For all of MSI's branding on the retail box and even the board itself we find it interesting that the one technology they don't outright mention is Lucid's Virtu. Virtu is short for GPU Virtualization. Essentially the software allows the motherboard to dynamically switch between the on-die Intel HD 3000 graphics (integrated GPU or iGPU) and a discrete (dGPU) graphics card(s).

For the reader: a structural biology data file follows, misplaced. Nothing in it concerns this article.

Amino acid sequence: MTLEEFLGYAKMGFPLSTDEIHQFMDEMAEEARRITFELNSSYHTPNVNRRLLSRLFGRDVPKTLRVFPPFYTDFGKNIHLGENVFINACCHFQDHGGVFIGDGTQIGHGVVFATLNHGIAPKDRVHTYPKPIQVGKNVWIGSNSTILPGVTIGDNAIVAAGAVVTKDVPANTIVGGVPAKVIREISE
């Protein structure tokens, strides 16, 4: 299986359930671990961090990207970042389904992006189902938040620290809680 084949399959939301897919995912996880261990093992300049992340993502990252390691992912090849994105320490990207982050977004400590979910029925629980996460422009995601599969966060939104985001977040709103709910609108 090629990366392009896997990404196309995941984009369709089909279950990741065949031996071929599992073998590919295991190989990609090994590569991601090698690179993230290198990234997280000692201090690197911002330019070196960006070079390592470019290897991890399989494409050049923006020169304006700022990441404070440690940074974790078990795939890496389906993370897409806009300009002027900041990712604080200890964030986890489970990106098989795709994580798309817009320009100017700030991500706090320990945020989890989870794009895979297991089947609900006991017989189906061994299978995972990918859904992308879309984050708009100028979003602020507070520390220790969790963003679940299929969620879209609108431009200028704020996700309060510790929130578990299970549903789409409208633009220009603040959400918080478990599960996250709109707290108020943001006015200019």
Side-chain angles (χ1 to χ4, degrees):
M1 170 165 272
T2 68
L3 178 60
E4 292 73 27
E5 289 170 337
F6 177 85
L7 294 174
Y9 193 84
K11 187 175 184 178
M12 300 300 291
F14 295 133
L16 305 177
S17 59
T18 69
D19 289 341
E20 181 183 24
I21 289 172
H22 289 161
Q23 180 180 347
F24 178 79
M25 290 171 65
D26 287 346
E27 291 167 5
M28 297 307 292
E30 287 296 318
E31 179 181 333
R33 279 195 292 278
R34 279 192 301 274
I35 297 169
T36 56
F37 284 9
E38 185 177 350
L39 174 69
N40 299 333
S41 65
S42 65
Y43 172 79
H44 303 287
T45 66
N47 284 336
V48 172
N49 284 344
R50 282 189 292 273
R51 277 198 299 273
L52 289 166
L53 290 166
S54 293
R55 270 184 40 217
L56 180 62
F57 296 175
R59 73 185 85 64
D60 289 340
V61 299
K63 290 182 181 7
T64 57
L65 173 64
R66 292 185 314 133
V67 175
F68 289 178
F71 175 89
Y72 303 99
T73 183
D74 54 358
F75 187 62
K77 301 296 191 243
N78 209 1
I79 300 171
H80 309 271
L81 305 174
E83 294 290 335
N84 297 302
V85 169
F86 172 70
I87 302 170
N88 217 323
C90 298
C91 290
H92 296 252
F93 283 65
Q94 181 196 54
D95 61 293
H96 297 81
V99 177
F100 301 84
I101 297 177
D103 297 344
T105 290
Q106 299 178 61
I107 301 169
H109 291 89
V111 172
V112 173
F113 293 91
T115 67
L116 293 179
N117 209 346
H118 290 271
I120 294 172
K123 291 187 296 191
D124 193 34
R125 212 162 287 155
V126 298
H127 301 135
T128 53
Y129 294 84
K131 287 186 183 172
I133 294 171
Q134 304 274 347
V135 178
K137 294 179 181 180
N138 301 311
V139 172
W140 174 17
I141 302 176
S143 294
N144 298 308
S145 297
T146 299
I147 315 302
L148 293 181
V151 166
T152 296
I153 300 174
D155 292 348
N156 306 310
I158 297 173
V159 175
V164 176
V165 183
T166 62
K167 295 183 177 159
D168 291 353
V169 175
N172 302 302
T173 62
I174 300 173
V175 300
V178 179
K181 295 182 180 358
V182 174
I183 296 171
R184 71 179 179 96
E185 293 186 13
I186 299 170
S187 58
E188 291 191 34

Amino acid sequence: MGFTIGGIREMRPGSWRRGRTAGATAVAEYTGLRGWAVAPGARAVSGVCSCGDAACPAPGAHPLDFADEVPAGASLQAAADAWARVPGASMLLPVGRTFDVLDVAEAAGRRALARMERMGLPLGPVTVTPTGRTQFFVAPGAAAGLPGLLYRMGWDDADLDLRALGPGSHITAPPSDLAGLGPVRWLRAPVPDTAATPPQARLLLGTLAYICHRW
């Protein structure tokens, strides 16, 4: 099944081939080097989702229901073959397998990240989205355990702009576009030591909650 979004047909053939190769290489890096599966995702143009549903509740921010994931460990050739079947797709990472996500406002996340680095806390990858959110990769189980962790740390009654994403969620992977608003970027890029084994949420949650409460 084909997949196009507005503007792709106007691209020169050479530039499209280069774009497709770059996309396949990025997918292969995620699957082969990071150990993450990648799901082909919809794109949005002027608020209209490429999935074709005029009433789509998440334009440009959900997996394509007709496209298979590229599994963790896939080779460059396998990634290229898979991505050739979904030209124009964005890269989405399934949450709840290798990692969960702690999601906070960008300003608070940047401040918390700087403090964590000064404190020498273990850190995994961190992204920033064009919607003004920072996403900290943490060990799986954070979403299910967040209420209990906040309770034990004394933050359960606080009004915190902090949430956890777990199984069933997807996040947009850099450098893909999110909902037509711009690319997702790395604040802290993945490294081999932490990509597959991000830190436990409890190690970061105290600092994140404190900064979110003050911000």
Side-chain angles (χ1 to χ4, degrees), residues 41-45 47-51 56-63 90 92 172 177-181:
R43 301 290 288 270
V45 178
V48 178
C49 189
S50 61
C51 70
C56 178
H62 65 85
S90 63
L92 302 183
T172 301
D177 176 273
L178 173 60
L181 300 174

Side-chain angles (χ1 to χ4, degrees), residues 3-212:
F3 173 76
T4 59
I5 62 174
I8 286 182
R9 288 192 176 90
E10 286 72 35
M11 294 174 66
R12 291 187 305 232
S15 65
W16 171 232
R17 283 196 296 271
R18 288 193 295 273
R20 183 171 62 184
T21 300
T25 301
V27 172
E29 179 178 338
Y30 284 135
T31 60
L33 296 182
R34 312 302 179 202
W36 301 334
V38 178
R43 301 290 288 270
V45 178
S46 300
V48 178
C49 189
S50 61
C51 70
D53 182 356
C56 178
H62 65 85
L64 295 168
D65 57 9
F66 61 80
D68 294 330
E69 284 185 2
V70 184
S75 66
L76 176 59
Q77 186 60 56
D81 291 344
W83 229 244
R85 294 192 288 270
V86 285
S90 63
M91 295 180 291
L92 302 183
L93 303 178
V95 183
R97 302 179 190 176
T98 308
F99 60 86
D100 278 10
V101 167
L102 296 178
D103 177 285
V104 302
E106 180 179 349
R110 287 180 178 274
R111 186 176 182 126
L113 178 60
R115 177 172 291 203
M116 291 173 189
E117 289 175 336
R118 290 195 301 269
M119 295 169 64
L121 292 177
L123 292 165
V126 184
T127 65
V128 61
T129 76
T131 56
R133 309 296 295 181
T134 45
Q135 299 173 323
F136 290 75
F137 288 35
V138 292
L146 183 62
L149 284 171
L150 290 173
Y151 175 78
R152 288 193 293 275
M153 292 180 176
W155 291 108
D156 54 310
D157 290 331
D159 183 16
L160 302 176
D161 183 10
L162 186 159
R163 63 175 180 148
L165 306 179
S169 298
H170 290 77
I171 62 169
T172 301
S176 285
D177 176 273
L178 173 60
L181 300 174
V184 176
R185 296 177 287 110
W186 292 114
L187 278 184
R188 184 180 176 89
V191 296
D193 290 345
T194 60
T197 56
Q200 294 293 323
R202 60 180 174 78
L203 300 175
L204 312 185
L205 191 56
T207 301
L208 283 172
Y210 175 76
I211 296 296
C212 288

Why is this important? After all, if you already have a discrete graphics card why would you even want to use the iGPU right? Well, there are a couple of reasons why Virtu is indeed an added feature. First, the iGPU is really good at one thing, video transcoding via Quick Sync. Quick Sync is hands down one of the best avenues to transcode video and it is surprisingly fast. The downside is that it only works when the iGPU is active and the problem here is that prior to the Z68 chipset you were forced to make a choice. For those that wanted overclocking ability the P67 chipset was the only option, however P67 did not support the iGPU, instead it just used the processor as a processor. In order to utilize the iGPU, you had to choose the H67 chipset, but the H67 did not support overclocking. Once you slapped in a discrete GPU the iGPU was no longer accessible. Virtu allows you to utilize a discrete graphics card while still having access to the transcoding power of the iGPU.